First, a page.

We apply the provisions of Statement of Financial Accounting Standards No. 71, “Accounting for the Effects of Certain Types of Regulation,” (“SFAS No. 71”) to our regulated operations in our Texas, New Mexico and FERC jurisdictions. SFAS No. 71 requires a rate regulated enterprise to reflect the economic impact of regulatory decisions in its financial statements. As a result, we record certain costs or obligations as either assets or liabilities on our balance sheet and amortize them in subsequent periods as they are reflected in regulated rates. The deferral of costs as regulatory assets is appropriate only when the future recovery of such costs is probable. The application of SFAS No. 71 requires our management to make assumptions and estimates as to the amount of costs that regulatory authorities will ultimately permit us to recover. In the event we determine that we can no longer apply SFAS No. 71 to all or a portion of our operations, either as (i) a result of the establishment of retail competition in our service territory; (ii) a change in the regulatory approach for setting rates from cost-based ratemaking to another form of ratemaking; or (iii) other regulatory actions that restrict cost recovery to a level insufficient to recover costs, we could be required to record a charge against income in the amount of the remaining unamortized net regulatory assets. Such an action could materially reduce our shareholders’ equity.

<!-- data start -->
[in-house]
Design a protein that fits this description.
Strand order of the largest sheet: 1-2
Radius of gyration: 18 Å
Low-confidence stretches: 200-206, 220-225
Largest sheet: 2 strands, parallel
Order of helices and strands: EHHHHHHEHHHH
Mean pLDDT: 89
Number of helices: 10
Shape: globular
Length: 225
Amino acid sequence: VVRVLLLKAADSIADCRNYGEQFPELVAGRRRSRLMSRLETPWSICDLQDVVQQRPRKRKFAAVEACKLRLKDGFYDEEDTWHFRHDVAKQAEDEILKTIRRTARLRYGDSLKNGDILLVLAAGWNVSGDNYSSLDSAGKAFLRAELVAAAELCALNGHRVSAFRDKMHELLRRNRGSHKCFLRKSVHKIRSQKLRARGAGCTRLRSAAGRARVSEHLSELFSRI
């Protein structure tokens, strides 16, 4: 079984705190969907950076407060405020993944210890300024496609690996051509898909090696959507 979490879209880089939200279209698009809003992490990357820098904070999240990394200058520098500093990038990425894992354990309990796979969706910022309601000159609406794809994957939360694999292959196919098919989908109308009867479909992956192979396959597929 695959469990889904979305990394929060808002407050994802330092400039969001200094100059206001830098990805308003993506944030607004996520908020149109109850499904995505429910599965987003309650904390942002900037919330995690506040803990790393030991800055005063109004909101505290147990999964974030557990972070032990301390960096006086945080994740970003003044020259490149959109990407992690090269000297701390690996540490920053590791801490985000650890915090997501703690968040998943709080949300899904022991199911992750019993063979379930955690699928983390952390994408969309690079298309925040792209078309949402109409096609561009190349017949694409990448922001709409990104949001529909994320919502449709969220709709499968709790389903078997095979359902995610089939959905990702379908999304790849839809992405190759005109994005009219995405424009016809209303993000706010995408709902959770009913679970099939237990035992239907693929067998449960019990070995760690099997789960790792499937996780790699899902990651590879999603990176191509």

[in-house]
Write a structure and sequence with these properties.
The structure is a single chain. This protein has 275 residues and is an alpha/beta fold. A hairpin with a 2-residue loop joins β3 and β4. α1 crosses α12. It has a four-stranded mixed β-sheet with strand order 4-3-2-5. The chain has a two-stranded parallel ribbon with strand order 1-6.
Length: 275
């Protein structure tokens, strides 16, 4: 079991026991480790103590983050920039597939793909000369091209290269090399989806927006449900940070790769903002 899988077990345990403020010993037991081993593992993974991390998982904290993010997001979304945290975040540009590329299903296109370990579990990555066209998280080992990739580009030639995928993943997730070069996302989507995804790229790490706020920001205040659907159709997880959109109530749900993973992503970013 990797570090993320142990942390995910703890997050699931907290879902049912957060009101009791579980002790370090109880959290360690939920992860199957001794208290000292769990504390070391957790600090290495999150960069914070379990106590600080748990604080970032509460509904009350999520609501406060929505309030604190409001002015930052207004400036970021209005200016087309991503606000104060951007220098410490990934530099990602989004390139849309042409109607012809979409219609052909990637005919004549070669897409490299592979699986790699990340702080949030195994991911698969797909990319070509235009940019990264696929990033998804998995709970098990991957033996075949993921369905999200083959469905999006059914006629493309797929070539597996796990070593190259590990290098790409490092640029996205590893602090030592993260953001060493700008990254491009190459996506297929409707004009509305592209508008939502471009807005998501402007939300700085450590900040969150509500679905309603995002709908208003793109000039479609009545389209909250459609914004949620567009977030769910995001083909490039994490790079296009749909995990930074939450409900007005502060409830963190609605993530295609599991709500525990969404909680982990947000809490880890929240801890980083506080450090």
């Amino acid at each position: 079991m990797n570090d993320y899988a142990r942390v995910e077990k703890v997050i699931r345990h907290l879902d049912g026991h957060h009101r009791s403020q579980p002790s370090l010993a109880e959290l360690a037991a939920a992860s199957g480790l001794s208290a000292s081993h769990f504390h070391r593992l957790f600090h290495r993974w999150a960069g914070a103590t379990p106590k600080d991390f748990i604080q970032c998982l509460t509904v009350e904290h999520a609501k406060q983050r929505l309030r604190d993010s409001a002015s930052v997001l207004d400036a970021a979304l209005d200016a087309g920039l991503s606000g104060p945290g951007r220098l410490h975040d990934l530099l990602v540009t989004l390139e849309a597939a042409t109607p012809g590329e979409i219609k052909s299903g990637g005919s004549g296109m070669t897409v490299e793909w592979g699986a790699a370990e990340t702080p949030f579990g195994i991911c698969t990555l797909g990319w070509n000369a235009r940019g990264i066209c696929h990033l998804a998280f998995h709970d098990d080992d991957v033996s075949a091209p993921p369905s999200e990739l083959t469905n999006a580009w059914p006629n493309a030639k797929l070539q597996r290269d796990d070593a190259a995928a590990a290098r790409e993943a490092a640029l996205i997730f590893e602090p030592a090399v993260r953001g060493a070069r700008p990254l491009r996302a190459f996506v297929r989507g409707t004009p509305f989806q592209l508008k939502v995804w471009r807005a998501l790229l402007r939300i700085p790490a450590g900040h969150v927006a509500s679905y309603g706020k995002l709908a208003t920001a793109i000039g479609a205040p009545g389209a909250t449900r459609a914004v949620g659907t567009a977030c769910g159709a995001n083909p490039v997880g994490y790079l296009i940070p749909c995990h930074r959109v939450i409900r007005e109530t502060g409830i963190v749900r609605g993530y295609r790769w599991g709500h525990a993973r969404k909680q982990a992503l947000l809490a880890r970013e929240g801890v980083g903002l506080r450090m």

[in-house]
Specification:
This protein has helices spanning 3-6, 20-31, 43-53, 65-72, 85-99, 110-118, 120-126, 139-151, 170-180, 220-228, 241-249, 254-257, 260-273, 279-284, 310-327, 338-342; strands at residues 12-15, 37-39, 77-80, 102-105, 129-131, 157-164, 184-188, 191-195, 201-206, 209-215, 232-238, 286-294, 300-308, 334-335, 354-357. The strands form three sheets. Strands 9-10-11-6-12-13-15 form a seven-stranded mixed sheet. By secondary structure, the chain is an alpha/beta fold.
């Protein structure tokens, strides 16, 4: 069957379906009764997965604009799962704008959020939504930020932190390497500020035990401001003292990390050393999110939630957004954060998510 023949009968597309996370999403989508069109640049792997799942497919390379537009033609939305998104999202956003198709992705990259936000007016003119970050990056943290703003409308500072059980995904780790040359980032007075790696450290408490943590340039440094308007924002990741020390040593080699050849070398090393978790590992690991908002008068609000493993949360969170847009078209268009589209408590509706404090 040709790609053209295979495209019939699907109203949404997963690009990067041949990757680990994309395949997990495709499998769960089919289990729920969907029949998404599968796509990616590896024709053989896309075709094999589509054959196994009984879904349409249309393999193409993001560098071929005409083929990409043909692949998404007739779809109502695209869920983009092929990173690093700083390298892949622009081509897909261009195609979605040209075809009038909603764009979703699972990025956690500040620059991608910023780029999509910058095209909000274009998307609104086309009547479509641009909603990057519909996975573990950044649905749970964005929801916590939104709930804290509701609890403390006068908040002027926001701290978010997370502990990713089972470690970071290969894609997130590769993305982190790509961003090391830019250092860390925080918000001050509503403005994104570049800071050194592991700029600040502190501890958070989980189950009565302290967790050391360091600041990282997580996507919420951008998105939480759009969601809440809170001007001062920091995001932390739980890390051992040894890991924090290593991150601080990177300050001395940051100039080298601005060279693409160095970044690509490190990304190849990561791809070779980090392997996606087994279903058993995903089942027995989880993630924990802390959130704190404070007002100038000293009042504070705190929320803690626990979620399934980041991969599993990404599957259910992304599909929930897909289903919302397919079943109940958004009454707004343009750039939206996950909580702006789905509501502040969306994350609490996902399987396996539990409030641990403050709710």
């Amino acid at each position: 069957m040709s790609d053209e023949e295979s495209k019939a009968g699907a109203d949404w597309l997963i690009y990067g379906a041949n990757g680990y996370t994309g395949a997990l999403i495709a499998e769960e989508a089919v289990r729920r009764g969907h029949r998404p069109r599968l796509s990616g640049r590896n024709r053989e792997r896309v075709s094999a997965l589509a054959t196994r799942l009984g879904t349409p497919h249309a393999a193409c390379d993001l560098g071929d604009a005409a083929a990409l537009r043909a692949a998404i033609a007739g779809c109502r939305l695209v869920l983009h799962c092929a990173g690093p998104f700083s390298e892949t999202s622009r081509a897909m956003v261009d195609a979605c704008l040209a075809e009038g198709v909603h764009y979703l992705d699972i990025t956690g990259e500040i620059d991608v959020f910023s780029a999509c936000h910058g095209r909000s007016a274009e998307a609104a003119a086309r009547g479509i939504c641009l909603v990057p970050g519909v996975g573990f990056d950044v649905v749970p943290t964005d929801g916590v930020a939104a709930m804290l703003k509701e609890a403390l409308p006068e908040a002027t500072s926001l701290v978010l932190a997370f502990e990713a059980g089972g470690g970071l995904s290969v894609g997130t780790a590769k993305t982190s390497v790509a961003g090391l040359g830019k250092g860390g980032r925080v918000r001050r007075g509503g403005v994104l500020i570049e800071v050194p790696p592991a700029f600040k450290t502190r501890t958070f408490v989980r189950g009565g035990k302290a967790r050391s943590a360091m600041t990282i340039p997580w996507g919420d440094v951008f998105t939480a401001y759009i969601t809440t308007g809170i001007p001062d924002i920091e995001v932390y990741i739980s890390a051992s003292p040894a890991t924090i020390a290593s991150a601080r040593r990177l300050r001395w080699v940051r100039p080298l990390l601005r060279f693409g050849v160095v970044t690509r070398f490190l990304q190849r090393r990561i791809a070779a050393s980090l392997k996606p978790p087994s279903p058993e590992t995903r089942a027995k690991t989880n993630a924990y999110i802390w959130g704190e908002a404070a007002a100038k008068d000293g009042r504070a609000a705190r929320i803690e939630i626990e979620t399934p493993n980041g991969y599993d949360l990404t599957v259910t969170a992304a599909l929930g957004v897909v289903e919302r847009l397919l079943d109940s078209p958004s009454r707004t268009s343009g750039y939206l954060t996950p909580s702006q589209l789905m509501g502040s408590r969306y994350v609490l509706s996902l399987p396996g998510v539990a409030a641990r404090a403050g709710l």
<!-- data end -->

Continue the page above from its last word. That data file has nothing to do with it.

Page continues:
Application of SFAS No. 71

We apply the provisions of Statement of Financial Accounting Standards No. 71, “Accounting for the Effects of Certain Types
of Regulation,” (“SFAS No. 71”) to our regulated operations in our Texas, New Mexico and FERC jurisdictions. SFAS No. 71 requires a rate regulated enterprise to reflect the economic impact of regulatory decisions in its
financial statements. As a result, we record certain costs or obligations as either assets or liabilities on our balance sheet and amortize them in subsequent periods as they are reflected in regulated rates. The deferral of costs as regulatory